3. Working For Free:

This route is best if a) you are just starting out as a new designer. You can design small spaces or corners for your friends and family in exchange for photographing the finished works to be included in your portfolio, b) you are getting some value from your ‘client’ in exchange. For example, in exchange for designing their child’s playroom, they can design your website’s home page. So technically, your service is not free, rather it works more like a barter system. c) If approached by a charity, look at your financial goals for the year and assess whether you have a budget for pro-bono designing. If no, then politely decline stating that you have exhausted the time budget for your pro bono services for the current term. Make sure you have a timeline for pro-bono work and strictly adhere to it. d) You really want to give your work to someone as a gift and want nothing in return, such as a birthday or anniversary present.

4. Working For Full Fees:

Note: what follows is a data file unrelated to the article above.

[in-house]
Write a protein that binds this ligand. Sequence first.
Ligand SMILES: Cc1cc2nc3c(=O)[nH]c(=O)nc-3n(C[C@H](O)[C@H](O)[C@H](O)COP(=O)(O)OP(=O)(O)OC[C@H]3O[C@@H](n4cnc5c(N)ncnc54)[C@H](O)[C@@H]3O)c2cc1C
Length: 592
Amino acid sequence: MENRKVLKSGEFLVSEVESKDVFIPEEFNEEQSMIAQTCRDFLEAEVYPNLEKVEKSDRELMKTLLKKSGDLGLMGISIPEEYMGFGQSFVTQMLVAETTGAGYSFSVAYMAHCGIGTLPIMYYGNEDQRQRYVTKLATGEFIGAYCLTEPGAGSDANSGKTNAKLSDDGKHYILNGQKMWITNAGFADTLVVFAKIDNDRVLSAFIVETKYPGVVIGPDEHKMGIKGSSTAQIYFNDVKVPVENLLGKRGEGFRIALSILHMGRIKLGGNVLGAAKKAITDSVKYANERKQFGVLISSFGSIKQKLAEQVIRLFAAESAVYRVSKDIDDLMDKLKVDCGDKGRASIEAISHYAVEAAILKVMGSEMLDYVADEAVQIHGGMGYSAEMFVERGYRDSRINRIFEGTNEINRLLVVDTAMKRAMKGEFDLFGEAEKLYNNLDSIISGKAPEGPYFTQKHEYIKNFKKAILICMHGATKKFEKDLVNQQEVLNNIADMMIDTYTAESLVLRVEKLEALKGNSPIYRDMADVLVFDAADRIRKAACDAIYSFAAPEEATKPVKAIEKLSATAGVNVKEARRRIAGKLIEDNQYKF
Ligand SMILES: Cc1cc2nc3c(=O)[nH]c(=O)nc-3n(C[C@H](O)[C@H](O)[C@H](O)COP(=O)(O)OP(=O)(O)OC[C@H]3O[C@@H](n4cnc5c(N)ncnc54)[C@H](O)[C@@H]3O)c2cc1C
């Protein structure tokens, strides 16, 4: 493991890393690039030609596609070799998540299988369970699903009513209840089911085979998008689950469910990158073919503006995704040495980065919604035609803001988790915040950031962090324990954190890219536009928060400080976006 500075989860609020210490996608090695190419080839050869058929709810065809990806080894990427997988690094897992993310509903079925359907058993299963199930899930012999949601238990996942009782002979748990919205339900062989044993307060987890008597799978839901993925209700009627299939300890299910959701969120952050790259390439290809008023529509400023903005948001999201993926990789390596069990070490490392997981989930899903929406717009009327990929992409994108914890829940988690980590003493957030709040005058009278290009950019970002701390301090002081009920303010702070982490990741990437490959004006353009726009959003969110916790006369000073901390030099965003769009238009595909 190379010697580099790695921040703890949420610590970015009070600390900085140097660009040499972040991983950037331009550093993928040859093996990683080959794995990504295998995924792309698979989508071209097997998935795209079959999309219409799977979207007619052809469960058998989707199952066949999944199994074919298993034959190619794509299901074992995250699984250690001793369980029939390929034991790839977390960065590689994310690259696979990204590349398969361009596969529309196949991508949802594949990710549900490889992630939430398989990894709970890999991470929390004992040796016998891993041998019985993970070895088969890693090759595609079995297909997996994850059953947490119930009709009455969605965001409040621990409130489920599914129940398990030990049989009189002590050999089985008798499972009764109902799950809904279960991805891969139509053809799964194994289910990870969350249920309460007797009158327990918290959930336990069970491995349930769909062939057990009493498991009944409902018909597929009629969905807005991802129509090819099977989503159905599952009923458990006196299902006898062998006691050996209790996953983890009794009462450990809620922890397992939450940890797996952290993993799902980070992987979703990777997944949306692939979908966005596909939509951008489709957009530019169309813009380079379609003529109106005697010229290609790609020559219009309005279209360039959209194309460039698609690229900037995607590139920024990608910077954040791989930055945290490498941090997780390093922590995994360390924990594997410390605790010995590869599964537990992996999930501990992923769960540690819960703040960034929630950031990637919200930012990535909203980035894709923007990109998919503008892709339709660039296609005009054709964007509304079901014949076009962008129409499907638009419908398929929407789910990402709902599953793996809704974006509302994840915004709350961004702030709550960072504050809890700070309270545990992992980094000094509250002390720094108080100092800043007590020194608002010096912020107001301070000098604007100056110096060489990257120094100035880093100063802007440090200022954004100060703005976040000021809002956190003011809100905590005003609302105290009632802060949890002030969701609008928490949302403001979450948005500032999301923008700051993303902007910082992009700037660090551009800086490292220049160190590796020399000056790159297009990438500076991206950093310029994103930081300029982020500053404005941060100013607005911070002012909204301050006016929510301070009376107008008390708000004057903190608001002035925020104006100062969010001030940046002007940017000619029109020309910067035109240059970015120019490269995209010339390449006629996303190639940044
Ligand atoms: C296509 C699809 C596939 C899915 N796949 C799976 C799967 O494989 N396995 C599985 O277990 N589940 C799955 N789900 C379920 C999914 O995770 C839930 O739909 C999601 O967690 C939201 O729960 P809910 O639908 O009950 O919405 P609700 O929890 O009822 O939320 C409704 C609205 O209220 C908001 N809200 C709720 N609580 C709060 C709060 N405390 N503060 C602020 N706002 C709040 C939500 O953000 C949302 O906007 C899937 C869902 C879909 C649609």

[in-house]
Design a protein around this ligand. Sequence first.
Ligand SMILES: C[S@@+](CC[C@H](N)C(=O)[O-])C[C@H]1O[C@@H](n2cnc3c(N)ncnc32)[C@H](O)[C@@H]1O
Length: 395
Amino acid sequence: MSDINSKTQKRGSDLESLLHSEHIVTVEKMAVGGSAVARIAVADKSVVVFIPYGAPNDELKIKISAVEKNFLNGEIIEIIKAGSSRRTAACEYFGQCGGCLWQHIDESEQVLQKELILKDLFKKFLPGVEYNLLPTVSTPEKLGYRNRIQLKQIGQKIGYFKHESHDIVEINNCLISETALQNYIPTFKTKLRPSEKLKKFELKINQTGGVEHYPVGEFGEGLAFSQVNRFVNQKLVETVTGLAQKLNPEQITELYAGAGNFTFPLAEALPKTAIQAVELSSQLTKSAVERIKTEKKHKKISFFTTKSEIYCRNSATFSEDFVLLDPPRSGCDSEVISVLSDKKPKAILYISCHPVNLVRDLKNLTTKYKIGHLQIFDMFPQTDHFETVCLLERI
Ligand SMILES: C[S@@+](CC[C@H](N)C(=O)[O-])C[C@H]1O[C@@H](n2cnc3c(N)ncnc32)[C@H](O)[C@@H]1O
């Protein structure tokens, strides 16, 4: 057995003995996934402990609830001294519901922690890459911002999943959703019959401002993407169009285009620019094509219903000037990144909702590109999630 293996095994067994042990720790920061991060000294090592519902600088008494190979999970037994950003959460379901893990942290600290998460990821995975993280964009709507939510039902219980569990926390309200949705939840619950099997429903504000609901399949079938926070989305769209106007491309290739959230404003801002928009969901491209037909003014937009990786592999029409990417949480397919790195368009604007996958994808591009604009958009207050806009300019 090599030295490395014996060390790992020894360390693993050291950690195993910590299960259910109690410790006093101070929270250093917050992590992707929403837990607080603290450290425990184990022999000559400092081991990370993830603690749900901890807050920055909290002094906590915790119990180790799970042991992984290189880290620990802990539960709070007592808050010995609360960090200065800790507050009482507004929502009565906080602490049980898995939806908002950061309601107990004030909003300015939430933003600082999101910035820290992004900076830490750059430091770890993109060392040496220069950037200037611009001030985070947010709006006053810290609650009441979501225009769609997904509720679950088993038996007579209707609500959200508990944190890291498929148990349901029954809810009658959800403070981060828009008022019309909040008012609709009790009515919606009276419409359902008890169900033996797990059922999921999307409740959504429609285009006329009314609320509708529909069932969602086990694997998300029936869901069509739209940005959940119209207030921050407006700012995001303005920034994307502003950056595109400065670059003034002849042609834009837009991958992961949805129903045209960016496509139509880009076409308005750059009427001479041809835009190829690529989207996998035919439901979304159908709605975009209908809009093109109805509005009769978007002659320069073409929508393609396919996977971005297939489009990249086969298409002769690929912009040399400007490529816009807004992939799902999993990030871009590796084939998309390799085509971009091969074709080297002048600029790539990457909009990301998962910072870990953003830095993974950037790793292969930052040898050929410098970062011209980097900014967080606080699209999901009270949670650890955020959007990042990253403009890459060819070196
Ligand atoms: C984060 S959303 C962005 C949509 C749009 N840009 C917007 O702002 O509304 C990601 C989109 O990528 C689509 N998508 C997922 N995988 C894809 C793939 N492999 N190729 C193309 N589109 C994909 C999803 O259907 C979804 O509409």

Some designers prefer not to give discounted services for family and friends and treat them as they would any other client. The most important reason for this is that servicing at a discounted rate tends to give the perception that the discounted rate is the actual value of your services, or that you’re still making some profit even with your discounted rates, and that means the actual value of your services is even lower. This perception creates resentment and causes strife, which is why some designers go the “all or nothing” way. Also, time put into a family or friend project takes time away from other ones. If your hours can be invoiced at $200, then any $100/hour deals that you offer actually lead to you having less income on the year.